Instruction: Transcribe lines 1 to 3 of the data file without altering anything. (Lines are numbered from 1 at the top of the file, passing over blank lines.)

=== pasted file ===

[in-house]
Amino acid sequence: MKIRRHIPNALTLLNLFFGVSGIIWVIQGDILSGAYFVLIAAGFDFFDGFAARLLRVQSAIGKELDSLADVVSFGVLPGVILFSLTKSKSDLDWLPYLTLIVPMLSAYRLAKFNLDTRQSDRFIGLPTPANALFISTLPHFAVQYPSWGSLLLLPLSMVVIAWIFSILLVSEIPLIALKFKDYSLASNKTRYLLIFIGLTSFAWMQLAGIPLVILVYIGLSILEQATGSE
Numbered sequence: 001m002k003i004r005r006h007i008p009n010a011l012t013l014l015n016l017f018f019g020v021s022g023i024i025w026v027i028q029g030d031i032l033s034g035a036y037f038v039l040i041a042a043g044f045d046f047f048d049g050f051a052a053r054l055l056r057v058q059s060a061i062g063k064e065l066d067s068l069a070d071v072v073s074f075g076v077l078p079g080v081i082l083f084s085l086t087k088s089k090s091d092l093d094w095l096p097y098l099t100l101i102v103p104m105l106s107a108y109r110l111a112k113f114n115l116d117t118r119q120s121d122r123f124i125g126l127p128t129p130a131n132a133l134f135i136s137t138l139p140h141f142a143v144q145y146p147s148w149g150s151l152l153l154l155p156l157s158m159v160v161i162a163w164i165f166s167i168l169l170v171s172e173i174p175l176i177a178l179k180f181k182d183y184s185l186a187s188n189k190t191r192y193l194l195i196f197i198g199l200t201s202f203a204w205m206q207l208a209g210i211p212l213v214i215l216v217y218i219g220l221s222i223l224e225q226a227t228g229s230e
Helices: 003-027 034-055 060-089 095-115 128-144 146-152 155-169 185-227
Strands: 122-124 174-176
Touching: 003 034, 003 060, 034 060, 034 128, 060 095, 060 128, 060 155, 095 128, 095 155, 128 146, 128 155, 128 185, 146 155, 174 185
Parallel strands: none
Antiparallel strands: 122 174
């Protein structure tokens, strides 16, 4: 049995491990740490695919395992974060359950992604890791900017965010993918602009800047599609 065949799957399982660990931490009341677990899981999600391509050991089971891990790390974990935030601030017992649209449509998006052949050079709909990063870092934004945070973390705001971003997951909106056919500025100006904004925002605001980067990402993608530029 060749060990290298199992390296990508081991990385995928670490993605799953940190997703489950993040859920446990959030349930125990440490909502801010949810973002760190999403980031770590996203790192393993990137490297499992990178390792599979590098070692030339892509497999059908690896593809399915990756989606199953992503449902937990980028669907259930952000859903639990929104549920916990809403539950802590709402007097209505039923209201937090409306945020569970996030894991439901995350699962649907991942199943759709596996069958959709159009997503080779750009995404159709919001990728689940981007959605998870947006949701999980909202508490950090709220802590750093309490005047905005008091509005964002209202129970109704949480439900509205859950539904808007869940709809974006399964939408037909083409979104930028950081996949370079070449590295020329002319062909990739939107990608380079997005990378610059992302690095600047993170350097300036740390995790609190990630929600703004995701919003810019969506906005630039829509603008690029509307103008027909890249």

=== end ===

[in-house]
Amino acid sequence: MKIRRHIPNALTLLNLFFGVSGIIWVIQGDILSGAYFVLIAAGFDFFDGFAARLLRVQSAIGKELDSLADVVSFGVLPGVILFSLTKSKSDLDWLPYLTLIVPMLSAYRLAKFNLDTRQSDRFIGLPTPANALFISTLPHFAVQYPSWGSLLLLPLSMVVIAWIFSILLVSEIPLIALKFKDYSLASNKTRYLLIFIGLTSFAWMQLAGIPLVILVYIGLSILEQATGSE
Numbered sequence: 001m002k003i004r005r006h007i008p009n010a011l012t013l014l015n016l017f018f019g020v021s022g023i024i025w026v027i028q029g030d031i032l033s034g035a036y037f038v039l040i041a042a043g044f045d046f047f048d049g050f051a052a053r054l055l056r057v058q059s060a061i062g063k064e065l066d067s068l069a070d071v072v073s074f075g076v077l078p079g080v081i082l083f084s085l086t087k088s089k090s091d092l093d094w095l096p097y098l099t100l101i102v103p104m105l106s107a108y109r110l111a112k113f114n115l116d117t118r119q120s121d122r123f124i125g126l127p128t129p130a131n132a133l134f135i136s137t138l139p140h141f142a143v144q145y146p147s148w149g150s151l152l153l154l155p156l157s158m159v160v161i162a163w164i165f166s167i168l169l170v171s172e173i174p175l176i177a178l179k180f181k182d183y184s185l186a187s188n189k190t191r192y193l194l195i196f197i198g199l200t201s202f203a204w205m206q207l208a209g210i211p212l213v214i215l216v217y218i219g220l221s222i223l224e225q226a227t228g229s230e